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Calculators

Soil Classification Calculator LEL


The USDA classifies soils into twelve types which it calls textures. This classification is based on the relative percentages of sand, silt and clay. This can be visualized by the use of the USDA Soil Textures Triangle (below).

(Please read disclaimer below before using this form)
Collect 2 shovels full of soil to a depth of 8-12 inches in a large bucket at the desired location. Remove all rocks and loose vegetative matter-twigs, etc. Mix up the remainder thoroughly. Place 2-4 cups of this material into a jar. Add water to completely cover. Add non-foaming detergent (dishwasher soap). Shake vigorously until the material has gone into solution. Set jar aside and allow the material to settle into distinct layers.
Figure 1
Sediment Measurement
Using a ruler determine the location of the top of the SAND (A), the SILT (B), and the CLAY (C). Note: if any of the layers is missing use the reading from the lower sediment. The readings may be entered in either decimal or fraction notation, i.e. 2.5 or 2 1/2. Enter the values into the Classification Calculator below and click the CALCULATE button. The percentage of each material and the soil Classification will be shown.
SOIL CLASSIFICATION CALCULATOR
Measurement A
(SAND)
  UNITS
Measurement B
(SILT)
  UNITS
Measurement C
(CLAY)
  UNITS
ANSWER


Disclaimer: This determination is based on the use of the USDA Soil Textures Triangle and is only meant to assist the Master Gardener in determining the approximate soil type in a desiginated area. The results are only as accurate as the data entered. The measurement technique described is not designed or intended to serve as a substitute for USDA standard measurement techniques to determine particle size and types or the use of calibrated equipment. For more accurate determination you should act in accordance to the standard practices involved in the determination of soil texture.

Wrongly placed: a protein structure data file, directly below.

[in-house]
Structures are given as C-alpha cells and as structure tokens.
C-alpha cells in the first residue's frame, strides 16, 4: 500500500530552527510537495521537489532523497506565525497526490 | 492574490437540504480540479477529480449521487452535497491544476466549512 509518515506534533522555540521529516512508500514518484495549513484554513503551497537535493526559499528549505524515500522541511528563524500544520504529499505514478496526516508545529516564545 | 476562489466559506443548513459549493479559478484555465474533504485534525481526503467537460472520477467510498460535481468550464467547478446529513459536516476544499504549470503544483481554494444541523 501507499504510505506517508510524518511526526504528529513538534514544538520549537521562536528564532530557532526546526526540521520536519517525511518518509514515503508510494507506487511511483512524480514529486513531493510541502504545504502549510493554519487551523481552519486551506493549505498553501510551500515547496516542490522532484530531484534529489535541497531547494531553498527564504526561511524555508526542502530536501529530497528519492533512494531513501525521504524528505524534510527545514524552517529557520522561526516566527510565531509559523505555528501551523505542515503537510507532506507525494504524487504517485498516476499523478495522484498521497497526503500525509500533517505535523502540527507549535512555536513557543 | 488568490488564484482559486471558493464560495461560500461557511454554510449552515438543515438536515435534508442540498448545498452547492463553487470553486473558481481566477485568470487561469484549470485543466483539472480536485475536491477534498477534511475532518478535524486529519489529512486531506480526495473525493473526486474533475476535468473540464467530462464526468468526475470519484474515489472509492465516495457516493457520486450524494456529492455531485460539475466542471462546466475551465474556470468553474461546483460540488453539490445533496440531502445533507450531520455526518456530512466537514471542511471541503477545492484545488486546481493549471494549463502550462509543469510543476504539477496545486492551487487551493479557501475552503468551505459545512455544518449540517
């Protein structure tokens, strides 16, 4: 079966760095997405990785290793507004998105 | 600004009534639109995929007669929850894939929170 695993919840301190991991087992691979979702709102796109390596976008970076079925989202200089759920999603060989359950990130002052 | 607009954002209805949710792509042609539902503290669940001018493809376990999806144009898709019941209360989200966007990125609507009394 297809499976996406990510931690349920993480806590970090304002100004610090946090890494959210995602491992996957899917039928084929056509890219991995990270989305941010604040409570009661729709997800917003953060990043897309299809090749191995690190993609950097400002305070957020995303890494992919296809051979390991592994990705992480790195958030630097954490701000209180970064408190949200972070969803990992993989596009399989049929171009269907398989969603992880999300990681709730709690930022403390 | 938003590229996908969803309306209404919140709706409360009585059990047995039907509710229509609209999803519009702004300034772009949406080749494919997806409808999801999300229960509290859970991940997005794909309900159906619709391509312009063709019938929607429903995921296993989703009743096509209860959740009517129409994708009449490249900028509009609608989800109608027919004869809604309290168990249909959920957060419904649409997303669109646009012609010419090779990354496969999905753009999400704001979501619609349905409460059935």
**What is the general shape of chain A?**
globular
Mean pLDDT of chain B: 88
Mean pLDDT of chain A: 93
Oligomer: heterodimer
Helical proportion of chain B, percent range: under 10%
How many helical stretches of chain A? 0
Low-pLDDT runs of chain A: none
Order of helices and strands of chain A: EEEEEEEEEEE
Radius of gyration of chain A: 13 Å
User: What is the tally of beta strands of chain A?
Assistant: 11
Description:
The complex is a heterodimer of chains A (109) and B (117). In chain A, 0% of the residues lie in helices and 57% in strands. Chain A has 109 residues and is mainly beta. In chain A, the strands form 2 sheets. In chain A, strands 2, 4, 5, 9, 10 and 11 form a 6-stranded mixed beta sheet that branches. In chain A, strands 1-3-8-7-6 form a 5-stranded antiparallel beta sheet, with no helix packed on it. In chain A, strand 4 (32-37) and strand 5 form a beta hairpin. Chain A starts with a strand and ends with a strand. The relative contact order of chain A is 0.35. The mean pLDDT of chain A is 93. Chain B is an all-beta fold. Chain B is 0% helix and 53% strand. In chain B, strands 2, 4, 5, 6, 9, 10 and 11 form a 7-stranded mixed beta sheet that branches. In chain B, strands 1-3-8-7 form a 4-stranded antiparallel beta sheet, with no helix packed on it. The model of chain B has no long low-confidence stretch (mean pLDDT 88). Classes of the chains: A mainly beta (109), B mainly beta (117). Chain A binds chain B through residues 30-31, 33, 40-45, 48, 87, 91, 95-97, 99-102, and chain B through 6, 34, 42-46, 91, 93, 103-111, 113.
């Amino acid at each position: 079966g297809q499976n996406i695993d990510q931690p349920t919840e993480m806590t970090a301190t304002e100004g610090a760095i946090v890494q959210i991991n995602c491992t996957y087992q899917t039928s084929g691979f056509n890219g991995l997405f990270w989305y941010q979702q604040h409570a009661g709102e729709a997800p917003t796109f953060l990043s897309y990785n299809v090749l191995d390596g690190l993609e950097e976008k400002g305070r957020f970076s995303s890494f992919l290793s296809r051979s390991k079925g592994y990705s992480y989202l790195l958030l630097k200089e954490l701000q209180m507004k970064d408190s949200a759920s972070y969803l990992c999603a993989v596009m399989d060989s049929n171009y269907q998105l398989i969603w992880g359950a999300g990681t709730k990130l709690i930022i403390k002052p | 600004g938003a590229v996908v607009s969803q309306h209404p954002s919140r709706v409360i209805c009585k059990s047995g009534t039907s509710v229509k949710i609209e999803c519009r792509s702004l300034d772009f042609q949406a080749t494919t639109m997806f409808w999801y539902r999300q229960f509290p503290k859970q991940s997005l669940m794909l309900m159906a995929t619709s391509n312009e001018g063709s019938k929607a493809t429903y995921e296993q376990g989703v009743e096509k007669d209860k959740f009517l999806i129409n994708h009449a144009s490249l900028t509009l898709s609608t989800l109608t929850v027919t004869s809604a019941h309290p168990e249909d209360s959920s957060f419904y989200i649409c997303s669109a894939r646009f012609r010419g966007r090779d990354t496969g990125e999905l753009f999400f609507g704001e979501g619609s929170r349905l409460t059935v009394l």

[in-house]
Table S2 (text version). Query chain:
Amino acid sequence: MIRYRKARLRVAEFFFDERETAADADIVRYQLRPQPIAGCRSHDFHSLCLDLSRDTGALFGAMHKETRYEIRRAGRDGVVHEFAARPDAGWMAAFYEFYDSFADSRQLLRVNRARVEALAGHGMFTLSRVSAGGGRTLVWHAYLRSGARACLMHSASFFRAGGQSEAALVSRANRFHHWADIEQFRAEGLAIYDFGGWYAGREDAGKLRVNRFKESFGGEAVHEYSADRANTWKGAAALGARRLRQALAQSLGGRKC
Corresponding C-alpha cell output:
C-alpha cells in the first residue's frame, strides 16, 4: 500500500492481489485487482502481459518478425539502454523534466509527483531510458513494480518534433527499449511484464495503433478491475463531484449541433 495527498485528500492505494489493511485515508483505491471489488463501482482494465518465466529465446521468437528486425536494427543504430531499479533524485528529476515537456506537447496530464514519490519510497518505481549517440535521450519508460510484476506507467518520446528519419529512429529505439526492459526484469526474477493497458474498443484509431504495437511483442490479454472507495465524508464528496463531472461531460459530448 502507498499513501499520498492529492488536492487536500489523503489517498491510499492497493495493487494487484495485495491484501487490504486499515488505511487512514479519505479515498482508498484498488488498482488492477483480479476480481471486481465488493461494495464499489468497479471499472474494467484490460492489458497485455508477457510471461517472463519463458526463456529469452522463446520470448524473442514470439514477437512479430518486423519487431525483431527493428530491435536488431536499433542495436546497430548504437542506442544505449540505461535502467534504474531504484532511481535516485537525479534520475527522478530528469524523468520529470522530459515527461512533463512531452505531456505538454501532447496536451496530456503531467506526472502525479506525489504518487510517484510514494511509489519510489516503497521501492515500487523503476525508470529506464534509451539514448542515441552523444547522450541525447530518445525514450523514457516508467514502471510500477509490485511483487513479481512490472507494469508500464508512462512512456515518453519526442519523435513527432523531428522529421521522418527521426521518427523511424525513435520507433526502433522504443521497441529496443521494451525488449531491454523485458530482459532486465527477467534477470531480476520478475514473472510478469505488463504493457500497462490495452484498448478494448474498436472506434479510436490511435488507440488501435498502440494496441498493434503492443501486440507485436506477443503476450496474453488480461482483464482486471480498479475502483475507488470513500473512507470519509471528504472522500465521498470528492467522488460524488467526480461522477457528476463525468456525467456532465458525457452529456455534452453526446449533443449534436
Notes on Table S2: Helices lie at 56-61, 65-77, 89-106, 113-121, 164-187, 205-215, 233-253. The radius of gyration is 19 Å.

Note: The system for determining USDA texture is significantly different from the Unified and the American Association of State Highway and Transportation Officials (AASHTO) systems that are traditionally used by engineers. The USDA texture depends entirely on particle size; the Unified and AASHTO designations depend not only on particle sizes (with differing cutoffs between particle sizes among the three systems) but also on other properties such as Atterberg limits (liquid limit and plasticity index). There is, unfortunately, no way to translate directly from the USDA system to the other systems and back.


USDA Soil Textures Triangle

USDA classification

Sand
Soil particles between 0.05 and 2.0 mm in size
Can be further divided into coarse, medium, and fine sand with a sieve test
Silt
Soil particles between 0.002 mm and 0.05 mm
Clay
Soil particles smaller than 0.002 mm (2 microns) in size